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Initial Usage Analysis

of DBpedia's

Triple Pattern Fragments
Ruben Verborgh,

Erik Mannens & Rik Van de Walle
What role will the Semantic Web play

for the future generation?
Will it be remotely as important

as the Web now is to us?
There used to be no applications

because there was no data.
Linked Data more of less solved

this chicken-and-egg problem.
There are no applications

because data is not queryable.
SPARQL endpoints are unreliable.

Data dumps are not live.
We analyzed DBpedia’s low-cost

Triple Pattern Fragments interface

between Nov 2014 and Feb 2015.
Over 4M requests were m...
Web interfaces to triples
Four months of fragments
Extending the analysis
Web interfaces to triples
Four months of fragments
Extending the analysis
Web interfaces act as gateways

between clients and databases.
Database Client
Web
interface
The interface hides the datab...
No sane Web developer or admin

would give direct database access.
Database Client
Web
interface
The client must know the ...
SPARQL endpoints happily give

direct access to the database.
Triple

store
Client
SPARQL
protocol
The client must know th...
SPARQL interfaces are expensive,

so we have an availability problem.
There are few SPARQL endpoints

because hosting them...
Data dumps allow you to set up

your own private SPARQL endpoint.
But then we no longer query the Web…
No usage statistics...
The interface hides the database schema.
The interface restricts the kind of queries.
A Triple Pattern Fragments interface...
A Triple Pattern Fragments interface

acts as a gateway to an RDF source.
Client can only ask ?s ?p ?o patterns.
Decompose...
Web interfaces to triples
Four months of fragments
Extending the analysis
In mid-October 2014, we started

an official TPF interface for DBpedia.
Will this interface be used?
How will clients use ...
The server is deployed virtually,
availability monitored externally.
Amazon Elastic Compute Cloud

c3.2xlarge machine (8 C...
4.5 million Triple Pattern Fragments

of DBpedia 2014@en were requested.
The TPF client library consumed most,

followed by crawlers and Chrome.
Turtle as content type is most popular,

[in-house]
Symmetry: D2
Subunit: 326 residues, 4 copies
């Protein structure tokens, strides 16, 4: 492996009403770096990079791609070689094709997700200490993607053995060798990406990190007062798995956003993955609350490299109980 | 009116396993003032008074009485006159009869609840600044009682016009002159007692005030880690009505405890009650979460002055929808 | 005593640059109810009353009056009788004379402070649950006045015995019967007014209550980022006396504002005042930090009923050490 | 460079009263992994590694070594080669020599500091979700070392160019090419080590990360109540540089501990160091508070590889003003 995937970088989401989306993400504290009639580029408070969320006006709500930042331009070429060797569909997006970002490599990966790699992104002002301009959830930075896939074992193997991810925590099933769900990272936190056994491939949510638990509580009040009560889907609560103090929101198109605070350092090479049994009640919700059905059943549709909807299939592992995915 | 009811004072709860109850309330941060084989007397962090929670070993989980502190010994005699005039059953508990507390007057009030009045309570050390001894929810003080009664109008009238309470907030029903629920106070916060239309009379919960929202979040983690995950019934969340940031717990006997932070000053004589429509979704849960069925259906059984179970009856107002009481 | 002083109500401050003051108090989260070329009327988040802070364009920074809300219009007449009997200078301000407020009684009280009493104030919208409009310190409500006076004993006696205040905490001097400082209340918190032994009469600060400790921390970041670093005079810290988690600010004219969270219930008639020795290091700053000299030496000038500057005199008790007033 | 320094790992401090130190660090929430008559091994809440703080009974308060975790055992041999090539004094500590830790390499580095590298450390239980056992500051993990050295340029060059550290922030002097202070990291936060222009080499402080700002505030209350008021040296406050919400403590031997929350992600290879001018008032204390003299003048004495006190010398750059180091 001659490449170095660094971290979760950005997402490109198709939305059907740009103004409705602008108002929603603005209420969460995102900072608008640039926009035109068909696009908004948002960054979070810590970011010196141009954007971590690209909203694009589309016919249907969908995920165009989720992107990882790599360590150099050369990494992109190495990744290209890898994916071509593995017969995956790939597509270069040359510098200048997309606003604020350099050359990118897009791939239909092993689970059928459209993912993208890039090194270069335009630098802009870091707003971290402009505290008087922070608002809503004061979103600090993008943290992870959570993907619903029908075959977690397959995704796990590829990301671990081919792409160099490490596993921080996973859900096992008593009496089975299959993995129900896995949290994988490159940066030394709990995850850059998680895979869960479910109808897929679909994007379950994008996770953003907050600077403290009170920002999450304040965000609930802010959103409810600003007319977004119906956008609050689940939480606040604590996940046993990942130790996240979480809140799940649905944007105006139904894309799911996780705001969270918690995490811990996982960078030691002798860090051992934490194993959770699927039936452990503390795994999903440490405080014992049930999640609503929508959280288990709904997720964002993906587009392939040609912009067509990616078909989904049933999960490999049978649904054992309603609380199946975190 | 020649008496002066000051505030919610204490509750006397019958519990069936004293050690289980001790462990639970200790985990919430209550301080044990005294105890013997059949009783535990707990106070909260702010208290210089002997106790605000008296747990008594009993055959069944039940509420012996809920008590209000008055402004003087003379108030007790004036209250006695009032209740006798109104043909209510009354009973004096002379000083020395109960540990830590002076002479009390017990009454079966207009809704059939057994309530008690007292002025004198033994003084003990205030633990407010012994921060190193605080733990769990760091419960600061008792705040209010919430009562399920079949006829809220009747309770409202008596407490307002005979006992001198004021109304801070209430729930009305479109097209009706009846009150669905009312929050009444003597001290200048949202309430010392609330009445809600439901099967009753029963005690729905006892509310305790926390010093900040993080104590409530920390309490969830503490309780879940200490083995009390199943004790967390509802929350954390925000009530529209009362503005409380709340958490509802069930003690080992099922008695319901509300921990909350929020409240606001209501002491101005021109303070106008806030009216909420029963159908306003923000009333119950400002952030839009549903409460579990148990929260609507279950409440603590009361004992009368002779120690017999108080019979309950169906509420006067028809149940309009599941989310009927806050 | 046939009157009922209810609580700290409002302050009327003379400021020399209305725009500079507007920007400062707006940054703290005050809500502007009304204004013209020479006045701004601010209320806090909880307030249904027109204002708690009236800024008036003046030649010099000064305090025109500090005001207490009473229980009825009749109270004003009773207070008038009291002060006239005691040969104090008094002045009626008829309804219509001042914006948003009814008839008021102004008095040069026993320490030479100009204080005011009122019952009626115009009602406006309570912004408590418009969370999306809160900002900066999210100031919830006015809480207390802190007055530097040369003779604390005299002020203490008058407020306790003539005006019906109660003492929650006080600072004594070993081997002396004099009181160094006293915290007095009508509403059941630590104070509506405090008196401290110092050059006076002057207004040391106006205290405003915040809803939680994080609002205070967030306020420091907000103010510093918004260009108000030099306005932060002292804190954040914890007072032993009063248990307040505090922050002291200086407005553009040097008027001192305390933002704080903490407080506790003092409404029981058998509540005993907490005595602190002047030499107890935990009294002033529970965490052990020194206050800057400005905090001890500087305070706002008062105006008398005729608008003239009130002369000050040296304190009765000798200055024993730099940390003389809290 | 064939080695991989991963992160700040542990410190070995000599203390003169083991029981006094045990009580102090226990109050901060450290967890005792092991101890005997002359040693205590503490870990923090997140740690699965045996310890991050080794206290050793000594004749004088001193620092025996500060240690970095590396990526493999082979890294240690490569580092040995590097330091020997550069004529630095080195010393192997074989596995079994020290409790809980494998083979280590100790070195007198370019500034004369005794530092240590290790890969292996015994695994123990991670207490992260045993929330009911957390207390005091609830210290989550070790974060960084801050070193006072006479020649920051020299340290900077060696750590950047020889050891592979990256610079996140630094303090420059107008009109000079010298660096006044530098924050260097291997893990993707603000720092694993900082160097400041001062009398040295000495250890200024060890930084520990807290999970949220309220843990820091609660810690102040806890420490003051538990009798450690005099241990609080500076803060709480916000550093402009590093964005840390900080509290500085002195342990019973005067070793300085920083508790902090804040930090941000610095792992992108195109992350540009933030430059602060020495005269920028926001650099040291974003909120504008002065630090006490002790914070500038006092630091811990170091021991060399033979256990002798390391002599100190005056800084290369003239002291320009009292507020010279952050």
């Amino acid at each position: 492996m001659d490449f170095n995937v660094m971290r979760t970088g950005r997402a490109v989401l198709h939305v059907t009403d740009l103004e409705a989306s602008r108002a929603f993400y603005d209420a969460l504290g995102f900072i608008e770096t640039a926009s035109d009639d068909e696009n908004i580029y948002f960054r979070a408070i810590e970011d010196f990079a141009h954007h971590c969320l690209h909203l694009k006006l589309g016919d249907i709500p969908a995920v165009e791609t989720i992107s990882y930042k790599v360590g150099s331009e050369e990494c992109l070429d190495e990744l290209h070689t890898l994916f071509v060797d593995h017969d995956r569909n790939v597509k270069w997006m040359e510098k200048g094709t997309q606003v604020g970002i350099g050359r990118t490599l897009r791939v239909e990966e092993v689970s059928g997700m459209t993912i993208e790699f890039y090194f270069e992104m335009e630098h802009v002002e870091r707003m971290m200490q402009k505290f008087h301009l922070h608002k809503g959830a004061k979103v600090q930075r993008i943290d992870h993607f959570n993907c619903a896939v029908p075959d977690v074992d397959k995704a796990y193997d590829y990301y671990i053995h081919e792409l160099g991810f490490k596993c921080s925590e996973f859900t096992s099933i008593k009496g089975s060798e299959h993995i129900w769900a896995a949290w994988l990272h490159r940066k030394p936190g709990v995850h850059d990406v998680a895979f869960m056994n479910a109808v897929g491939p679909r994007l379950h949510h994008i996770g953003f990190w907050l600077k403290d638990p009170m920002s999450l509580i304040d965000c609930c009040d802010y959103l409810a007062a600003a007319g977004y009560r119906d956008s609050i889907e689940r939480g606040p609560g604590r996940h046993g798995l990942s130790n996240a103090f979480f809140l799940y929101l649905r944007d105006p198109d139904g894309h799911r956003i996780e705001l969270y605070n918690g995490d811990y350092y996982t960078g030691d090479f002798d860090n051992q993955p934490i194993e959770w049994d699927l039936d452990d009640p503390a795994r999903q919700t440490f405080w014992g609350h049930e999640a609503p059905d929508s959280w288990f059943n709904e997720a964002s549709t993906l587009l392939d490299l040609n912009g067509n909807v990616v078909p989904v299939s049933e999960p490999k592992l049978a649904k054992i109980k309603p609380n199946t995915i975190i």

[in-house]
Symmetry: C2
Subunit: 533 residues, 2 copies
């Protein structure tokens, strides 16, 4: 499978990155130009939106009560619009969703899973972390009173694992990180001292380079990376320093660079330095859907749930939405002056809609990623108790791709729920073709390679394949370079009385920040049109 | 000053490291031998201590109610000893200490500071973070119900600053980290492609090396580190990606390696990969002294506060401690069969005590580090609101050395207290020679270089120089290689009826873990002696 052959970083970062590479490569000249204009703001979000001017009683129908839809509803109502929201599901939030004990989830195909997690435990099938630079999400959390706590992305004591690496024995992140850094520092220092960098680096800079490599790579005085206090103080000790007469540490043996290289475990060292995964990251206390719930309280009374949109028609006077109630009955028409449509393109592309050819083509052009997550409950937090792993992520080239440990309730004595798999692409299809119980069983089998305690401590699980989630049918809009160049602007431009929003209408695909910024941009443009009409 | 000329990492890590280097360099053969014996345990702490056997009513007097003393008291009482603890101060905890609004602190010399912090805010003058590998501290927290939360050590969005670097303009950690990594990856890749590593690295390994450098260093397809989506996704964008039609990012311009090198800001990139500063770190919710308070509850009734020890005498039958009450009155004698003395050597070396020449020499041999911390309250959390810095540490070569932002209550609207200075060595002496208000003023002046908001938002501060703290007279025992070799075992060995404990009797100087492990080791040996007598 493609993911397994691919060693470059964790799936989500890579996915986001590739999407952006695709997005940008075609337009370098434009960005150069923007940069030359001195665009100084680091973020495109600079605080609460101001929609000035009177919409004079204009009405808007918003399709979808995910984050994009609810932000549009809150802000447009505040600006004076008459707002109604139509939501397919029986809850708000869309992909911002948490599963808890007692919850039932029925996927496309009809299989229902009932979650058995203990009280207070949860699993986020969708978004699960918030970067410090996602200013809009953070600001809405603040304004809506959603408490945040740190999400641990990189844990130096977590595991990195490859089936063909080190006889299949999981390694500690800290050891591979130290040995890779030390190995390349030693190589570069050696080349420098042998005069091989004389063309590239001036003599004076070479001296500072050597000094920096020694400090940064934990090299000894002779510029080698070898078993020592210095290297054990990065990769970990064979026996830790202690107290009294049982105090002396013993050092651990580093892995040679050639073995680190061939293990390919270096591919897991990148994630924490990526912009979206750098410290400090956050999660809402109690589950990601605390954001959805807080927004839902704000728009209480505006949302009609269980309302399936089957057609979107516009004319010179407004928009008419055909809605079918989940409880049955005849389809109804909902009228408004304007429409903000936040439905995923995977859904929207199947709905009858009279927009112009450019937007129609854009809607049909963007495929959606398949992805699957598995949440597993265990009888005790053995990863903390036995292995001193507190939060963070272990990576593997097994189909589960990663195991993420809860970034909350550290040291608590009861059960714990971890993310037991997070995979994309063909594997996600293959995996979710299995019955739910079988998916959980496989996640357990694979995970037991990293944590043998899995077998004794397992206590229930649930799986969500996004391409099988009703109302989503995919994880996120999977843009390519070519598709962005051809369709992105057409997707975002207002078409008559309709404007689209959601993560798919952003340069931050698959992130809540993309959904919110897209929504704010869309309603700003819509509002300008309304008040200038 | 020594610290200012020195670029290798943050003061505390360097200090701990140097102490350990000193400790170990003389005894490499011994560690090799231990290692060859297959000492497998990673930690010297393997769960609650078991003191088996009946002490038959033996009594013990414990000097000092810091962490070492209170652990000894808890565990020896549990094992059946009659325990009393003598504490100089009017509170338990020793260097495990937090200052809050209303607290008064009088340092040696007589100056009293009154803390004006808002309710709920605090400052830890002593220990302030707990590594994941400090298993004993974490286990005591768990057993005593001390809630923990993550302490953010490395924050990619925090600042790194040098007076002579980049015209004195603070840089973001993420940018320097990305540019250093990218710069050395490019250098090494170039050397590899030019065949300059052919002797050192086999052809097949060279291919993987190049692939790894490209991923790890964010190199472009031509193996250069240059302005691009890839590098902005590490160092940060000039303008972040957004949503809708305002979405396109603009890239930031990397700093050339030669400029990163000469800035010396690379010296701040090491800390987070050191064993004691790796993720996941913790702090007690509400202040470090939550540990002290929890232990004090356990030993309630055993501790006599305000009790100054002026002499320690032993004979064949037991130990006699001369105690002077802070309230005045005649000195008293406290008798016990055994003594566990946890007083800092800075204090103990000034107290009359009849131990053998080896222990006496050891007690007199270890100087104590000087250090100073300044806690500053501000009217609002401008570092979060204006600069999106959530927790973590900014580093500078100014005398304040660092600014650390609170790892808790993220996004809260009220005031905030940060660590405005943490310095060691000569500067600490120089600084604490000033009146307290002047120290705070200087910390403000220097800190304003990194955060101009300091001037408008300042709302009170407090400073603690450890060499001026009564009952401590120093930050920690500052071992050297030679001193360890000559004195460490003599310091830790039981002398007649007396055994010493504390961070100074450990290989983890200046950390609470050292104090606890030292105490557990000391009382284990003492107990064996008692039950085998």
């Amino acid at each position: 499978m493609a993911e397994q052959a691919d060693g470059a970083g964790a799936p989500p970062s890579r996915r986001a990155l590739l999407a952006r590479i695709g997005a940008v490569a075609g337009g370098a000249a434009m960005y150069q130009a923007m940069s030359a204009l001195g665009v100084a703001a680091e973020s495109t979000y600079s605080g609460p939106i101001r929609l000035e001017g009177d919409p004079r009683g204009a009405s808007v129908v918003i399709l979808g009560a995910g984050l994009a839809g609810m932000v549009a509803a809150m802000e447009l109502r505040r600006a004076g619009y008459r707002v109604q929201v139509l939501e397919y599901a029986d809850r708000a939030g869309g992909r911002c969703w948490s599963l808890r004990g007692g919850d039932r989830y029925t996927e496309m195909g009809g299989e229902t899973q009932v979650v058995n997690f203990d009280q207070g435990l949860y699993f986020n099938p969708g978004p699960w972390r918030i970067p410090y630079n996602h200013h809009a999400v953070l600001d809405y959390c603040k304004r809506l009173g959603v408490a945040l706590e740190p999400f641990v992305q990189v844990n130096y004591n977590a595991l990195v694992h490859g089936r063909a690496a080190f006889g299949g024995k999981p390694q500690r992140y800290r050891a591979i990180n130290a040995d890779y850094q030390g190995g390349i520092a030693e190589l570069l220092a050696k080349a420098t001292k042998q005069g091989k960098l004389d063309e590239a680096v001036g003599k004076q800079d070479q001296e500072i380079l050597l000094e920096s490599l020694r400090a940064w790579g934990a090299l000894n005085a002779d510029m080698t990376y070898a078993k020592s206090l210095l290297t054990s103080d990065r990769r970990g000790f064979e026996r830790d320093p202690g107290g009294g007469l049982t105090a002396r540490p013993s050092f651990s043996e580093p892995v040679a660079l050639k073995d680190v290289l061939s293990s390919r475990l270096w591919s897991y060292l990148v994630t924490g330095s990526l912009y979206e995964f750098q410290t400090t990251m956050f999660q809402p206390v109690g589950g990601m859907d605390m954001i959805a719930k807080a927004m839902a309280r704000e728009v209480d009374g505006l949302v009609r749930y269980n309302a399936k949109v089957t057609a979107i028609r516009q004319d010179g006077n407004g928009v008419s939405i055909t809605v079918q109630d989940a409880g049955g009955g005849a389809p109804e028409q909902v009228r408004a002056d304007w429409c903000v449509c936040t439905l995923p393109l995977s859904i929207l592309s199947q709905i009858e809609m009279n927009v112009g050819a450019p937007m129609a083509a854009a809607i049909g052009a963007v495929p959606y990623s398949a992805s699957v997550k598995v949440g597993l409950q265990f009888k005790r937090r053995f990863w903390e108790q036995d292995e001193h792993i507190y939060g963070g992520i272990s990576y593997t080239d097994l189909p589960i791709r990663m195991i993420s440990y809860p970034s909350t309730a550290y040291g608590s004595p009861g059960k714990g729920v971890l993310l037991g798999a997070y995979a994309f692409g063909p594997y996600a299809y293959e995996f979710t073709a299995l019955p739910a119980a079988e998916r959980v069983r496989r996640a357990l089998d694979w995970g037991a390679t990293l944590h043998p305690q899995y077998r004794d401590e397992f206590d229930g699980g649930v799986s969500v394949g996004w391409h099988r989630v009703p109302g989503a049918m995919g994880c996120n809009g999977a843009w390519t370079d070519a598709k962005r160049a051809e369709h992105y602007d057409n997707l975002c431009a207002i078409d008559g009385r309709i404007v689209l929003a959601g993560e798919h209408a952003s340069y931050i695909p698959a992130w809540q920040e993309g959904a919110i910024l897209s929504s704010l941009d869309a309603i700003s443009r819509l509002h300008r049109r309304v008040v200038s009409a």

but being surpassed by TriG.
Most requests come from Europe,

the US and China are following.
The “type” fragment was popular,

but it’s hard to conclude anything.
A quarter of all requests was cached

(but we could cache everything).
During four months,

the API had 99.9994% availability.
We deeply apologize for

that one minute of downtime

in November.
Web interfaces to triples
Four months of fragments
Extending the analysis
We don’t know exactly

which clients executed queries.
Was the TPF client used standalone?
As a library of another applica...
The analysis did not give insights

in which queries clients executed.
Good for privacy!
We can try reconstructing SPARQL ...
We could learn from the human Web:

can clients give explicit feedback?
“This is the query I executed.

It took me 5 secon...
Web interfaces to triples
Four months of fragments
Extending the analysis
We have a >99.999% available API

to the most popular RDF datasource.
No more excuses not to build apps.
So where are they...
We need to think differently

on how to build Linked Data apps.
The paradigm of querying a database

and waiting for the r...
We need developers to build bridges

from data to end users.
Now that the chicken-and-egg problem

and the availability pr...
Initial Usage Analysis

of DBpedia's

Triple Pattern Fragments
@RubenVerborgh

ruben.verborgh.org

linkeddatafragments.org
Initial Usage Analysis of DBpedia's Triple Pattern Fragments
Initial Usage Analysis of DBpedia's Triple Pattern Fragments
Initial Usage Analysis of DBpedia's Triple Pattern Fragments